Obstruction of justice charges are probably not the only charges you got. You probably got charged with resisting arrest & assault. Frequently, these charges arise when the police make the decision to arrest you. As they take out their handcuffs & reality sets in, most people panic. The result is that you refuse to be handcuffed and you either push or wrestle with the police. We understand that getting arrested can be a traumatizing & humiliating experience but when you resist, you make matters worse.
Anytime you push a police officer, you will face aggravated assault charges. Since police officers are members of a protected class, a simple assault against a police officer automatically becomes aggravated assault.
The best thing to do when getting arrested is to accept your fate and wait for your day in court. We will fight your charges & help you every step of the way.
Legal defenses to obstruction of justice charges will vary according to the facts of your case. This type of crime is fact-sensitive & much depends on the evidence against you.
Obstruction of Justice Defenses include
1. Your Right To Remain Silent –
This defense boils down to “I do not want to answer any questions until I speak with my lawyer”. You have a constitutional right against self-incrimination. You cannot get convicted of obstruction of justice for asserting your right to remain silent. This is one of the most sacred rights in our land.
2. The Police Did Not Identify Themselves –
You cannot be convicted of obstruction of justice for lying to the police if you did not have knowledge that the person you were speaking to was a police officer. Plain-clothes officers must show you their badge & identify themselves. It makes sense that if the police officer was not wearing his uniform & did not show identification, then there was no way that you could’ve known that you were speaking to law enforcement.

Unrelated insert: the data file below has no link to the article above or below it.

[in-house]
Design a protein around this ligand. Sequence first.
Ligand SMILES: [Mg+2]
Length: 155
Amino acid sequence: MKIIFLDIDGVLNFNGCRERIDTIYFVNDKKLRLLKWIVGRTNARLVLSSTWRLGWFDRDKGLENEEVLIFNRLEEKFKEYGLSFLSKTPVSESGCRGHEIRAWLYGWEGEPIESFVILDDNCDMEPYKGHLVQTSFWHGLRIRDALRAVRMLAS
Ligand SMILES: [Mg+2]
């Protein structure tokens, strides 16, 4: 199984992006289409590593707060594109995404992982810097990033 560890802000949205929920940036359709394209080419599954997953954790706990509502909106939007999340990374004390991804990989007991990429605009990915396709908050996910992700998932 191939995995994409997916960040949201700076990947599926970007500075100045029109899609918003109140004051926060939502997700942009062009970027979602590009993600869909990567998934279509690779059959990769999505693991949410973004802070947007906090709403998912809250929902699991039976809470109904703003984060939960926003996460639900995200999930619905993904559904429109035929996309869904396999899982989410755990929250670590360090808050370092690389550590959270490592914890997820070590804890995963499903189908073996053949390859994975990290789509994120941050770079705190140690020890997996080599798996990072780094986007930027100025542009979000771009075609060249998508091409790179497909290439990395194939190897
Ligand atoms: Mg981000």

3. Your Actions Were Not Purposeful –
Under NJ’s obstruction of justice law, you must have intended your actions. For example, if you are charged with obstruction of justice because the police claim that you blocked their entrance into a building, then they must show that your action of blocking the entrance was exactly what you intended. If you happened to be in a building’s entrance at the time that the police stormed the building, then we would argue that your actions were not purposeful. Again, every case is unique & it is important to meet with us to discuss the facts of your case.
If you plead guilty or are found guilty of obstruction of justice, you can expunge the arrest and conviction after five years.
If you are acquitted at trial, you will not have a conviction. However, you will need to expunge the “arrest” record.
If you use the Conditional Dismissal program, you will need to wait one year to expunge your arrest record.
It is extremely important to expunge the record of your obstruction of justice arrest because this will pop up on any & all background checks.
Yes. If you decide to take your obstruction of justice case to trial and lose, you have the right to appeal.
Although appeals can be expensive, it’s definitely worth the money to try.
If you feel that you didn’t get a fair trial or that certain evidence was irrelevant or missing, an appeal is a way to go.
We highly recommend that you hire an aggressive, criminal lawyer to represent you for your appeal.
There are specific steps that must be taken to (intelligently) file an appeal.
Please do not try to do this alone, get help!
You or a loved one have been arrested. Understandably, you are terrified & have a lot of questions. You’ve heard about plea bargains & probation, but the process is overwhelming. You want a local attorney near you to represent you.
Regardless of the criminal charges you are facing, we are here to defend & protect you. Whether you are facing a restraining order, drug charge, theft charge, or aggravated assault charge, we are here to help you. Even a DWI case can really complicate your life.
If we can’t get your charges dismissed, we can either get them downgraded or place you in a diversionary program. The point is, our criminal defense lawyers will fight tirelessly to get you the best result possible. Take advantage of our free consultation to see how we can help.
Below, you will find a few of our practice areas.
Our Hackensack criminal lawyers represent clients in Bergen County & nearby counties & cities.
There are plenty of excellent Hackensack criminal lawyers in our area. Most, if not all of them, offer free, 20-minute, consultations. However, our free consultations do not have a time limit. You will never feel rushed.